A lawsuit filed by current and former employees of the U.S. Food and Drug Administration charges that the agency accessed and spied on their personal e-mail accounts after scientists and doctors alerted Congress and the media that certain radiation-emitting computer detection devices may not be safe or effective.
The lawsuit filed by scientists and doctors charges that nine FDA employees (the “FDA Nine”) had their private, personal, password protected email accounts on Google and Yahoo secretly recorded by the the U.S. Department of Health and Human Services, the government agency to which the FDA reports.
Why? Because the FDA scientists and doctors engaged in whistleblower-protected conduct by voicing concerns about radiation-induced cancer risks allegedly involving medical devices that the agency regulated.
Even a lawyer at the HHS Inspector General’s office rebuffed FDA attempts to launch a criminal investigation against the FDA Nine, concluding that:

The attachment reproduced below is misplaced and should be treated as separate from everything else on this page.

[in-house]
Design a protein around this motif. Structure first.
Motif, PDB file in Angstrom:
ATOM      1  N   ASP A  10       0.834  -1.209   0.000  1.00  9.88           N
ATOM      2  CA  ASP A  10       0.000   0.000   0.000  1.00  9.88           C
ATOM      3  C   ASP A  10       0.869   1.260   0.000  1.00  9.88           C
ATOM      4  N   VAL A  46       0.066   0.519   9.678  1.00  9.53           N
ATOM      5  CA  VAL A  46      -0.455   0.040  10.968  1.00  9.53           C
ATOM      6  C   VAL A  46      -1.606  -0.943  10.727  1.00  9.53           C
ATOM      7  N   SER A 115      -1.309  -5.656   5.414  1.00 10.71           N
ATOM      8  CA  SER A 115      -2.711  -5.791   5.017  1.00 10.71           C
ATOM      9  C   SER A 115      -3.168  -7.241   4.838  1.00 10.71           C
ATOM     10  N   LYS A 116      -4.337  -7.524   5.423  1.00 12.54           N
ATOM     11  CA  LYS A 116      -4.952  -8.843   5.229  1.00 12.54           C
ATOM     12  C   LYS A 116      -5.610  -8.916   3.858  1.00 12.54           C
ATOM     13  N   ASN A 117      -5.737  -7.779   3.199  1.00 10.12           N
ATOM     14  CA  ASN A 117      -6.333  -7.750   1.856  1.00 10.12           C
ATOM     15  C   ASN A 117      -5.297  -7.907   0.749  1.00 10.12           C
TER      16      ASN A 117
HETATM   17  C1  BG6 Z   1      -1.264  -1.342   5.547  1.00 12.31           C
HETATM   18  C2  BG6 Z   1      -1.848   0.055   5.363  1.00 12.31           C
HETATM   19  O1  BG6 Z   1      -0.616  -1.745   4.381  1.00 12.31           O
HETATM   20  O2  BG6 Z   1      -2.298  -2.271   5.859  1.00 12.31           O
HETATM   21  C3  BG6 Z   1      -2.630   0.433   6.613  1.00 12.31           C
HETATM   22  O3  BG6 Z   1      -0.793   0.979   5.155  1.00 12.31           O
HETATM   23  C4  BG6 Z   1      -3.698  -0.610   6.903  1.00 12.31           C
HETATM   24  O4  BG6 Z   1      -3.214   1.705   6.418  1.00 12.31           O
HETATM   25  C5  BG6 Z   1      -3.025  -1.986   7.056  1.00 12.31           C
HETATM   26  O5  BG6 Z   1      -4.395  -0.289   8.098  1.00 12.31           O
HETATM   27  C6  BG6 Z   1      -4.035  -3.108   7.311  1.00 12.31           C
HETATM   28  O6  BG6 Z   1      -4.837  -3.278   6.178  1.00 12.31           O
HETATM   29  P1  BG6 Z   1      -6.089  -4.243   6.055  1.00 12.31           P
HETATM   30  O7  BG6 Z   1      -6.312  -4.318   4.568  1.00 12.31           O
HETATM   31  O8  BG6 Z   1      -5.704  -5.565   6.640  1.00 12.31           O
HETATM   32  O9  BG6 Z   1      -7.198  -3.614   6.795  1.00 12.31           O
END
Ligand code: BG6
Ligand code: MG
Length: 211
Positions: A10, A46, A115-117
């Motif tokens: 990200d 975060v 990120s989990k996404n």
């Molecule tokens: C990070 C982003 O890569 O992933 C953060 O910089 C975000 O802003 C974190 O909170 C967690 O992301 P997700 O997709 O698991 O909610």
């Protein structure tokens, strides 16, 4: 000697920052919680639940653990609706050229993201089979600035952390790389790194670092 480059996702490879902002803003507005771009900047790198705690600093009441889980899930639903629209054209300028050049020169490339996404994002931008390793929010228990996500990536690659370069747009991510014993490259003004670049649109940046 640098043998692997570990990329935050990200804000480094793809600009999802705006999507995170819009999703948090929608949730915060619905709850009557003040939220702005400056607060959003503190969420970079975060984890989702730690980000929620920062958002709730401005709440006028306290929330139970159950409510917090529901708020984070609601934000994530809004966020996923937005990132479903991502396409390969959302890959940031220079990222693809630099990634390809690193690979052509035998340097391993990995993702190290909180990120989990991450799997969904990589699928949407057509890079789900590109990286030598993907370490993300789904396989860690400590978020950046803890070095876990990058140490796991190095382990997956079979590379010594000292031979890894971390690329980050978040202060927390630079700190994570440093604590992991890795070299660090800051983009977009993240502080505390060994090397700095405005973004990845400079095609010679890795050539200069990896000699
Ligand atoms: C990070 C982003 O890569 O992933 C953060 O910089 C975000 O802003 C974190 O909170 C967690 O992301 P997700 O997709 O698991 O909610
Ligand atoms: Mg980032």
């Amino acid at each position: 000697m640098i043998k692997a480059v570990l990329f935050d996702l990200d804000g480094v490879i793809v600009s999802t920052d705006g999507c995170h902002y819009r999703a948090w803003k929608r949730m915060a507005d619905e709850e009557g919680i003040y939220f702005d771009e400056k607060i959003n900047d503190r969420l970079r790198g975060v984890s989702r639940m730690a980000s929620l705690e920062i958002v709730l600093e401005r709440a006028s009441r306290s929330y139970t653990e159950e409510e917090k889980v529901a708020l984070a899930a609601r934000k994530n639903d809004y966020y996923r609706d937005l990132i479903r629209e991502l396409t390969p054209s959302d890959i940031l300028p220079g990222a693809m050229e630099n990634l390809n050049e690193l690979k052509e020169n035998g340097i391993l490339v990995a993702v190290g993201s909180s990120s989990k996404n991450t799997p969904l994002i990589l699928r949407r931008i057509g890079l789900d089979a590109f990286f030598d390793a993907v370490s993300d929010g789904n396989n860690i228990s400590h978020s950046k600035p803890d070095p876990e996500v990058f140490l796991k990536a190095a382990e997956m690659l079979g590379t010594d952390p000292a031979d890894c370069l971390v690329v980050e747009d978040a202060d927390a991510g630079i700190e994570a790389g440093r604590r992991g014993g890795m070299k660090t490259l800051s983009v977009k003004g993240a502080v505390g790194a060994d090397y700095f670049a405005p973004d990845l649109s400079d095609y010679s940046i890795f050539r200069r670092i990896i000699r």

The referral lacks any evidence of criminal conduct on the part of any HHS employee. Additionally, 5 U.S.C. § 1213 identifies that disclosures, such as the ones alleged, when they relate to matters of public safety may be made to the media and Congress…
The lawsuit charges that the plaintiffs’ whistleblower activity prompted the FDA to unlawfully target and conduct secret surveillance against them by unlawfully accessing, recording, and reading the employees’ personal email accounts. The FDA Nine were subsequently fired by the agency after medical device makers complained about a New York Times article that cited concerns about radiation-induced cancers.
You can read the lawsuit below, and the case docket here:
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